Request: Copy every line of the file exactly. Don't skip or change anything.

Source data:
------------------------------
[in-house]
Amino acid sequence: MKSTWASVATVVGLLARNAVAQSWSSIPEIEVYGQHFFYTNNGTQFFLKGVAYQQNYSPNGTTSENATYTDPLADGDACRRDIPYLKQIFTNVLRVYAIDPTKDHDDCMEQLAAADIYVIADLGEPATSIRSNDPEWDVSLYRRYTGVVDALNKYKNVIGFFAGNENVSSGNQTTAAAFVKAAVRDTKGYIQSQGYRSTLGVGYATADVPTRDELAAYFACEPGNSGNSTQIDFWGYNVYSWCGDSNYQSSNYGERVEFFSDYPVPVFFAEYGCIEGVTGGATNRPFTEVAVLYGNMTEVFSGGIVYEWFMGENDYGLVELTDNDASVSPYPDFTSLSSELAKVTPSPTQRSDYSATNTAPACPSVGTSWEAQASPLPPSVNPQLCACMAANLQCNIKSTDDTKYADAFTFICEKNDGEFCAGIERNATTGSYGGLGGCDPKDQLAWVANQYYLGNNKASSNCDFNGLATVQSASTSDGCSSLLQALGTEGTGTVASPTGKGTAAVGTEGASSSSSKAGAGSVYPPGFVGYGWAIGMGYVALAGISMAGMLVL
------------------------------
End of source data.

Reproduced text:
[in-house]
Amino acid sequence: MKSTWASVATVVGLLARNAVAQSWSSIPEIEVYGQHFFYTNNGTQFFLKGVAYQQNYSPNGTTSENATYTDPLADGDACRRDIPYLKQIFTNVLRVYAIDPTKDHDDCMEQLAAADIYVIADLGEPATSIRSNDPEWDVSLYRRYTGVVDALNKYKNVIGFFAGNENVSSGNQTTAAAFVKAAVRDTKGYIQSQGYRSTLGVGYATADVPTRDELAAYFACEPGNSGNSTQIDFWGYNVYSWCGDSNYQSSNYGERVEFFSDYPVPVFFAEYGCIEGVTGGATNRPFTEVAVLYGNMTEVFSGGIVYEWFMGENDYGLVELTDNDASVSPYPDFTSLSSELAKVTPSPTQRSDYSATNTAPACPSVGTSWEAQASPLPPSVNPQLCACMAANLQCNIKSTDDTKYADAFTFICEKNDGEFCAGIERNATTGSYGGLGGCDPKDQLAWVANQYYLGNNKASSNCDFNGLATVQSASTSDGCSSLLQALGTEGTGTVASPTGKGTAAVGTEGASSSSSKAGAGSVYPPGFVGYGWAIGMGYVALAGISMAGMLVL